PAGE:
Margaret Atwood is a Canadian writer best-known for novels including the Man Booker Prize-winning Oryx and Crake and Year of the Flood, both of which are set in the near future. British novelist China Miéville often describes his work as “weird fiction”; his books, including Kraken and Un Lun Dun, have been credited with changing the rules of the fantasy and science fiction genres. Joyce Carol Oates is a prolific American novelist, poet, and essayist, as well as author of the recent memoir A Widow’s Story. Her works frequently explore the “other world” located in the human psyche and seek to recreate what she has called “the drama of human personality.”

    This panel discussion from the 2012 seminar was moderated by acclaimed science and technology writer James Gleick. He leads Atwood, Miéville, and Oates through a discussion of the tensions between the real and the unreal inherent in writing and reading works of fiction. “All fiction,” says Miéville, “revolves around an oscillation between recognition and estrangement.” “People read or go to art not to get answers,” explains Oates, “but for a thrilling experience that is essentially mysterious.” And while Atwood stresses fiction’s obligation to be “true to life,” she argues that even “ordinary domestic reality” (Gleick’s phrase) often appears surreal, wild, or supernatural when depicted truthfully.

    The novelists also discuss the readerly tendency to try to “decode” or “understand” strangeness in fiction and the exceptions to rules that create great works of art. “You can do anything you want” in fiction, says Atwood, “if you can pull it off.” Along the way, the novelists discuss a range of influences and examples, including German author Franz Kafka, Irish satirist Jonathan Swift, science fiction writer J.G. Ballard, philosopher George Santayana, and ghost story writer Algernon Blackwood.

    http://www.kwls.org/podcasts/why-other-worlds-isnt-the-real-one-enough/

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  6. China Miéville: Manifestos, Movements, & Moments | Key West Literary Seminar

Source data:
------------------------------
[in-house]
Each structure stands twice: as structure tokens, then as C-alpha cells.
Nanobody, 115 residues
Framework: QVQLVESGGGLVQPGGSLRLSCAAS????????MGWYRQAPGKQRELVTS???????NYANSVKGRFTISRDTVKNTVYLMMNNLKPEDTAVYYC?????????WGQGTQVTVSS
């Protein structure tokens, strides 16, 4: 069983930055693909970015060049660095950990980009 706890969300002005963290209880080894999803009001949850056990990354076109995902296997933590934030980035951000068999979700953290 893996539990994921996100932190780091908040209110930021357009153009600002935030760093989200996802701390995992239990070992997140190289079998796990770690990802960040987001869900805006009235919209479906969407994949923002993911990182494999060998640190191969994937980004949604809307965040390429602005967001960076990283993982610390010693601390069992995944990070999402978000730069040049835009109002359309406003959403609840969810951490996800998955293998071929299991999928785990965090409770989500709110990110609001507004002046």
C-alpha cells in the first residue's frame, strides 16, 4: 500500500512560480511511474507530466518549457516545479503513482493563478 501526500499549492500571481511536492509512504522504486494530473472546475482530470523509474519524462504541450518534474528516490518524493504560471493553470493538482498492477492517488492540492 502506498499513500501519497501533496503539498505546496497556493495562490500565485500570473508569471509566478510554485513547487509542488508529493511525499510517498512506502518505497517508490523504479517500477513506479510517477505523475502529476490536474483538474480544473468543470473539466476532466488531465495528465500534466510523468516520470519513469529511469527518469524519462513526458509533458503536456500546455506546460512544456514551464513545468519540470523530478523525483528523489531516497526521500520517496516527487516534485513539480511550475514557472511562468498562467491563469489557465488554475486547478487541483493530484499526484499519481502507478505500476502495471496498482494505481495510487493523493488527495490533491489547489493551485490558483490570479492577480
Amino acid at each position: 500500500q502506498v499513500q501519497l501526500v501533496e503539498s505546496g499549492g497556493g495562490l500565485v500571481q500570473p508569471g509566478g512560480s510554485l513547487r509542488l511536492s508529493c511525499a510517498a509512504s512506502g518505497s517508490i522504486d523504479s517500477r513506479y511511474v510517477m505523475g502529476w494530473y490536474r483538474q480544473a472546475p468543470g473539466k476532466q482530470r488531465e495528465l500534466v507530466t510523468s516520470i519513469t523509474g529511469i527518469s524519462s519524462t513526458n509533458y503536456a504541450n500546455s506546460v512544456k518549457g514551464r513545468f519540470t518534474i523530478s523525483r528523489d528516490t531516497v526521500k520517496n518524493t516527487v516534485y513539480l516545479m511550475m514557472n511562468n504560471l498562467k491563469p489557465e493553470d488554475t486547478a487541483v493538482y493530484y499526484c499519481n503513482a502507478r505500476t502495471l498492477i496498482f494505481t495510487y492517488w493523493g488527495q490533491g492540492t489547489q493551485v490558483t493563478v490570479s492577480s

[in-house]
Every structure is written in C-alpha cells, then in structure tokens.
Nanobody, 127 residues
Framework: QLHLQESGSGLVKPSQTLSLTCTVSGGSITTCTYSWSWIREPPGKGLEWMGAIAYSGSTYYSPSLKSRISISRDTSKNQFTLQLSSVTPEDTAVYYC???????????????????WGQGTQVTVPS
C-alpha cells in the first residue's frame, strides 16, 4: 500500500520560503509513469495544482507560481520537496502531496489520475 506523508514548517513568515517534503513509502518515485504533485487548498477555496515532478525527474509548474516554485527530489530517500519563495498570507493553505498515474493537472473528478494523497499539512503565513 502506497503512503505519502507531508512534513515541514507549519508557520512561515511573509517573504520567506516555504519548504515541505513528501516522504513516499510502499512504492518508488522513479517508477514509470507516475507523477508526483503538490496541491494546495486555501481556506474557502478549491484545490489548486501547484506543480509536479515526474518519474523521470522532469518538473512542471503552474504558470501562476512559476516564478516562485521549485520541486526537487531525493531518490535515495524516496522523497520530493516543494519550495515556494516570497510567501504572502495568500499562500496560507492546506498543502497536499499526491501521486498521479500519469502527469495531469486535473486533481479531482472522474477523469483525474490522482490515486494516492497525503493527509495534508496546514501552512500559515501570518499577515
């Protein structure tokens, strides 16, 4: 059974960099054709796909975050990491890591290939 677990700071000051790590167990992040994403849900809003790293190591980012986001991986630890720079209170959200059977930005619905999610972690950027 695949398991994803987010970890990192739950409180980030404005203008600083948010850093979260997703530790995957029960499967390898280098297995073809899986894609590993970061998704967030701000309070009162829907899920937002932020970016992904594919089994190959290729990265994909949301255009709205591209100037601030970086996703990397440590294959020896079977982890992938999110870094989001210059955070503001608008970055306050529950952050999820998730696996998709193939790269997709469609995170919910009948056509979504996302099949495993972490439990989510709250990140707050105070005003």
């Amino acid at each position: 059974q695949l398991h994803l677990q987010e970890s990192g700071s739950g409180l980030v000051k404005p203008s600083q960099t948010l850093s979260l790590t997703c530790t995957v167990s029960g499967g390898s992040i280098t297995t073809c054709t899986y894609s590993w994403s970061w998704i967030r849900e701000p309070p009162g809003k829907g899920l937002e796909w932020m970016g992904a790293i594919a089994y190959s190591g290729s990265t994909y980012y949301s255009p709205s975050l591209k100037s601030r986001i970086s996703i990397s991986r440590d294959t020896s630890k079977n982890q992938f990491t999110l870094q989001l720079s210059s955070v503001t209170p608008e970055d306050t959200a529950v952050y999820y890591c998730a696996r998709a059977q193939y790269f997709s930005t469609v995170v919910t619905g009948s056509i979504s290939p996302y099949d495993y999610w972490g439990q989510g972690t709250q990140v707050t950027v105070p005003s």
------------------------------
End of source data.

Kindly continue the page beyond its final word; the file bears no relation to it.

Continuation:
British novelist China Miéville is a three-time winner of the Arthur C. Clarke Award, given annually to the best science-fiction novel published in the U.K. His books include The City & The City, Iron Council, and, most recently, Embassytown, and he has drawn comparison to such writers as Franz Kafka, George Orwell, and Phillip K. Dick. Miéville is also active in left-wing politics, has stood for the House of Commons for the Socialist Alliance, and published Between Equal Rights, a book on Marxism and international law.

    On this recording from the final day of the 2012 seminar, Miéville sets out to explore genre, “the elephant in the room,” in a lecture which he says could be titled “in defense of pigeonholes.” The human mind is “a neurotically clucking connection maker,” says Miéville, “a taxonomic engine” that cannot help but divide art and literature into subdivisions. He argues that such separation into genre and sub-genre needn’t be seen as reductive, but rather ought to be embraced as a taxonomy that allows us to determine the ways in which one book stands in relation to another. Furthermore, says Miéville, quoting hip-hop artists Jay-Z and M.I.A., the distinction between genre fiction and so-called literary fiction can be reduced to a difference in “swagger,” or the way in which one presents oneself, one’s ideas, and one’s work. In a five-minute question-and-answer session at the end of the recording, Miéville talks about The City and the City and its indebtedness to crime and fantasy genres, his willingness to transgress the terms of genre, and the role of critics in creating genre distinctions.

    http://www.kwls.org/podcasts/china-mieville-manifestos-movements-moments/